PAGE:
The open question for renewables, the broader NEM, and indeed Australia’s overall economy, is how long-lasting the effects of COVID-19 will be. In this regard, financial markets’ expectations for the future price of electricity is not promising: on May 4, electricity futures prices for the 2021 calendar year were 15-20 per cent below[8] CY2021 futures prices back in March. This suggests the effects of COVID-19 may be somewhat enduring, at least for the electricity sector.

Outside of COVID-19, there are other community trends that will impact the transition to renewable energy in the long run.

Related article: Solar farms, power stations and water treatment plants can be attractions instead of eyesores

The higher education sector is experiencing an unprecedented disturbance, as students’ transition to online learning and international students face the decision of whether to remain enrolled in Australian institutions for 2020. The Higher Education Relief Package[9] aims to reduce the cost of studying short, online courses and provide exemptions from loan fees under FEE-HELP and VET Student Loans. Higher education institutions are expected to release further details on approved courses under this scheme in May 2020, so it is too soon to tell if this will have a positive or negative impact on skills in the renewable energy sector.

What can be gleaned, however, is that the higher education sector is facing up to a $2 billion reduction in revenue[10], due to decreased international enrolments. It is reasonable to assume that this will reduce capacity and funds for research in renewable energy market, unless incentives are provided.

Further, the number of people experiencing energy poverty in Australia is going to rise. Research already shows[11] that people on low incomes and unemployment benefits shoulder a disproportionate financial burden from the lack of policy clarity in Australia to ensure that the transition to renewables is equitable. Australia faces an upward trend in unemployment[12], with the full implications of the pandemic yet to be seen. Ray Morgan (2020)[13] estimates that almost a million people have already lost their jobs. This will make measures to protect the vulnerable from disproportionate energy costs even greater.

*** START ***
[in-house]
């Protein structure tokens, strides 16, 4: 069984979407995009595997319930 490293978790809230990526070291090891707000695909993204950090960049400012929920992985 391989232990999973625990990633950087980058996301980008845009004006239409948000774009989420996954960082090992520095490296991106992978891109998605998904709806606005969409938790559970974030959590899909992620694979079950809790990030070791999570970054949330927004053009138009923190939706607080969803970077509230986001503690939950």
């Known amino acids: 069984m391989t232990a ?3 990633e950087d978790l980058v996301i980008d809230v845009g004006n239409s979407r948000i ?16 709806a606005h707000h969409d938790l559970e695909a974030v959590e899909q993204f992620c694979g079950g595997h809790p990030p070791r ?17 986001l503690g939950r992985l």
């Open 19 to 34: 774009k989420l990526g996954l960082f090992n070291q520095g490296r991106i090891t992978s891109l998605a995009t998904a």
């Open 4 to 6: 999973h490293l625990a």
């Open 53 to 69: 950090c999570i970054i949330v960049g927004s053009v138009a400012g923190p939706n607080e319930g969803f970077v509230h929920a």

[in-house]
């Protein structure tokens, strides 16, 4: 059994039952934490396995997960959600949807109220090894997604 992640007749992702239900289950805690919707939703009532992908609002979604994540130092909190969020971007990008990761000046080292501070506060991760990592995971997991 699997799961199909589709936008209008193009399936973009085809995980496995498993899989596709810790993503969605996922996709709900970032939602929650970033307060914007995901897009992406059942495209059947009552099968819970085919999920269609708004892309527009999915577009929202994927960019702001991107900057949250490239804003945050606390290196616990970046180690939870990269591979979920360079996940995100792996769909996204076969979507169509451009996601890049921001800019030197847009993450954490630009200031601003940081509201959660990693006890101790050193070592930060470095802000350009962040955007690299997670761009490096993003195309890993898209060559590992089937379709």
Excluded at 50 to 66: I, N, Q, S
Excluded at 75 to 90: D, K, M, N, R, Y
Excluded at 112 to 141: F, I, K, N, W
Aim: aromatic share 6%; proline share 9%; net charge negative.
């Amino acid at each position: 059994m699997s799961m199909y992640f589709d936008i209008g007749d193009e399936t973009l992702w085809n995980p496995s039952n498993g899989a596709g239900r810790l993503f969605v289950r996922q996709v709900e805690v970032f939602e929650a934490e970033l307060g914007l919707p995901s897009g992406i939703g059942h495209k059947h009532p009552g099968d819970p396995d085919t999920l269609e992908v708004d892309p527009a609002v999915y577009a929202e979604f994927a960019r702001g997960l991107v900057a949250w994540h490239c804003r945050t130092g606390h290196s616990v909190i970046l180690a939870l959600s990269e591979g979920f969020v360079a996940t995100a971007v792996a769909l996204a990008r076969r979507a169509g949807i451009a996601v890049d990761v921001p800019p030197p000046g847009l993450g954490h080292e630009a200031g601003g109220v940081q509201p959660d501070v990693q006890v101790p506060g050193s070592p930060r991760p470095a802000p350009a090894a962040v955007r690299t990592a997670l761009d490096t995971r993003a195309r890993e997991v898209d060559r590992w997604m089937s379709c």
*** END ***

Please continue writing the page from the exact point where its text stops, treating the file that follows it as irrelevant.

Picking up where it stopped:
However, there is some light at the end of the tunnel. Global demand for zero emissions vehicles[14] is still anticipated to grow, driven by tighter vehicle emissions regulations[15]. Australia can do more to stimulate economic activity in this area through greater commitment to reducing vehicle emissions in Australia[16].

There is an opportunity for renewables and clean energy projects to play a key role as part of any stimulus package to lift Australia’s economy out of the depressive economic state wrought by COVID-19. For Australia, bringing forward the current investment pipeline of renewable projects, by governments expediting planning approvals processes, could create over 50,000 new jobs, lower power prices, and inject over $50 billion worth of investment[17] to revitalise economic activity in regional and rural communities. Globally, strong clean energy investments could both pull the global economy out of a COVID-19 induced slump and achieve the net zero emissions goals of the Paris Agreement, generating benefits of an extra $100 trillion (A$159 trillion)[18] to global GDP above business as usual.

All this points to what will be a very interesting, albeit challenging, next 18-24 months for the clean energy sector.

Contact for full list of footnotes.